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The Pacific Northwest is not as godless as commonly believed, according to a new book that seeks to measure the religious passion of Washington, Oregon, and Alaska. While the region typically reports the lowest percentages of churchgoers in nationwide surveys, there is not necessarily a shortage of believers, said Patricia Killen, editor of Religion and Public Life in the Pacific Northwest: The None Zone.

"We are unchurched, but not irreligious,' said Killen, a Pacific Lutheran University professor. In 2000, 62.8 percent of the people in Washington, Oregon, and Alaska reported they were unaffiliated with a religion, by far the highest percentage in the nation, according to the North American Religion Atlas. Nationally, 40.6 percent answered 'none' when asked about their religious affiliation.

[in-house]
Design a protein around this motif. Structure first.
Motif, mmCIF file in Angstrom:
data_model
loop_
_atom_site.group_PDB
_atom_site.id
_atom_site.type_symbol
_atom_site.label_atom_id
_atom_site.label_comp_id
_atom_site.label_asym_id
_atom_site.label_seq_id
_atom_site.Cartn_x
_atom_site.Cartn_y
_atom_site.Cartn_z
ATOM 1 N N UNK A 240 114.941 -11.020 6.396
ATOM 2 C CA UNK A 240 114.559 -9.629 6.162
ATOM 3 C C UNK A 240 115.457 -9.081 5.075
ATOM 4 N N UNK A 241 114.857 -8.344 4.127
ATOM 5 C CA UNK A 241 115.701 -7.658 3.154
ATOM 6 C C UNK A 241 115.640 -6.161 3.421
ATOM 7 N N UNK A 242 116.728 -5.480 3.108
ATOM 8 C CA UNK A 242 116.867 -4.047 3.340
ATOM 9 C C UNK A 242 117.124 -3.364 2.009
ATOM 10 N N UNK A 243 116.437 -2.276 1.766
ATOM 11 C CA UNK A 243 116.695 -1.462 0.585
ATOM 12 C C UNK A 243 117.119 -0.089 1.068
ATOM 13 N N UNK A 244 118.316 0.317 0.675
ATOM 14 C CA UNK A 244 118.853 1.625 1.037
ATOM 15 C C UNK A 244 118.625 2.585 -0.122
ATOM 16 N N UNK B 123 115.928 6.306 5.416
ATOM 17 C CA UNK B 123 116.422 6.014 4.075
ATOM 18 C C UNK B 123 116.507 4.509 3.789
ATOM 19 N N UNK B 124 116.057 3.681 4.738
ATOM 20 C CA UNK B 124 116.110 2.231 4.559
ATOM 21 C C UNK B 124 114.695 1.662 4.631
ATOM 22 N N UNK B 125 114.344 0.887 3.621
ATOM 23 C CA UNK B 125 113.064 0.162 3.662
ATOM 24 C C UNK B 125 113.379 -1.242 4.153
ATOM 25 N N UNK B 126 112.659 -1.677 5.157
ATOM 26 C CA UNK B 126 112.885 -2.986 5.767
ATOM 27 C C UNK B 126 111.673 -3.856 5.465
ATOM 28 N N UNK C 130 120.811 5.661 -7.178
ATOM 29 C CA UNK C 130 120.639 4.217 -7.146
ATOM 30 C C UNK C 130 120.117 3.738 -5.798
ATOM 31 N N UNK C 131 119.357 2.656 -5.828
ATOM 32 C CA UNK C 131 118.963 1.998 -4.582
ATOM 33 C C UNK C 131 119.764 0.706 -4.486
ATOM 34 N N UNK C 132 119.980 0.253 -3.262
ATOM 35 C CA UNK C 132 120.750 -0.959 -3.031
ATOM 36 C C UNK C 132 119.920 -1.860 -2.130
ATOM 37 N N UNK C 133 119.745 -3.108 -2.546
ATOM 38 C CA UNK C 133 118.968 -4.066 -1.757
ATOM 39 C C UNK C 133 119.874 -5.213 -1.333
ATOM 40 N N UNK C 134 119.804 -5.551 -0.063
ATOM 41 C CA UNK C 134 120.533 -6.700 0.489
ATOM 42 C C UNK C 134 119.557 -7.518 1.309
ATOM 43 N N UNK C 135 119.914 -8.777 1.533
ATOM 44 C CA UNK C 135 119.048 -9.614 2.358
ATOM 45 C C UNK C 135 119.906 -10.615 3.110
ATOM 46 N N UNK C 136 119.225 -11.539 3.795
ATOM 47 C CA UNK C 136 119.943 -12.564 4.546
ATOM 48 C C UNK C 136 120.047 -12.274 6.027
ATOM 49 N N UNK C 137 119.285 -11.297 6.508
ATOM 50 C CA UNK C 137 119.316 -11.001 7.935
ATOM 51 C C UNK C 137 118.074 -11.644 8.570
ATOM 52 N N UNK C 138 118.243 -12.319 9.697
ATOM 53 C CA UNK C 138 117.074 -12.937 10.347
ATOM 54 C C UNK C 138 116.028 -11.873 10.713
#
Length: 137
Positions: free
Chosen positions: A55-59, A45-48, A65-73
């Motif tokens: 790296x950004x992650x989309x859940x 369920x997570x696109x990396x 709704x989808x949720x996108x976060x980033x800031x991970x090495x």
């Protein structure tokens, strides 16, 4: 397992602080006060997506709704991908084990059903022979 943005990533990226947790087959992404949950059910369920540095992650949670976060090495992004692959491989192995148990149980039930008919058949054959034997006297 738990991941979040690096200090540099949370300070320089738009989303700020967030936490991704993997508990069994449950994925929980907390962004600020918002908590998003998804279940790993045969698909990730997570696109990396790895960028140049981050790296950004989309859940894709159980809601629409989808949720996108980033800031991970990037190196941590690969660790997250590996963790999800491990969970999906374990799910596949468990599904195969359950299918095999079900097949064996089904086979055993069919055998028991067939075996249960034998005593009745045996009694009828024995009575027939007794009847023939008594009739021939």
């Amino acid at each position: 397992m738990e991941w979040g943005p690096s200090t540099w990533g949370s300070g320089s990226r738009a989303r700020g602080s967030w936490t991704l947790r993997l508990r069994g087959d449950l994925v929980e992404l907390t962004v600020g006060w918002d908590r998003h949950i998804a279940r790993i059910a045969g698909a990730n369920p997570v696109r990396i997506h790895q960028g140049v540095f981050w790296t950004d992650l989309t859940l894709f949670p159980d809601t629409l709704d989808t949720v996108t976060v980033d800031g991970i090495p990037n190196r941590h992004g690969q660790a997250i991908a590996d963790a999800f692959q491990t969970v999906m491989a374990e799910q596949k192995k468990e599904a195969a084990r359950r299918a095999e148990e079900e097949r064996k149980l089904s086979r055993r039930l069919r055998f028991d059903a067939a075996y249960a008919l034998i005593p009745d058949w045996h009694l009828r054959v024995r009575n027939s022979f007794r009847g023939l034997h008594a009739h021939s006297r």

"Most of those people believe God exists, and about half of them believe God intervences in our lives,' Killen, whose book is the first academic study of the Northwest's ambivalence toward church, said. 'Over a third of them pray.' . . .

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My neighbors—sons and daughters of God
June 7, 2004

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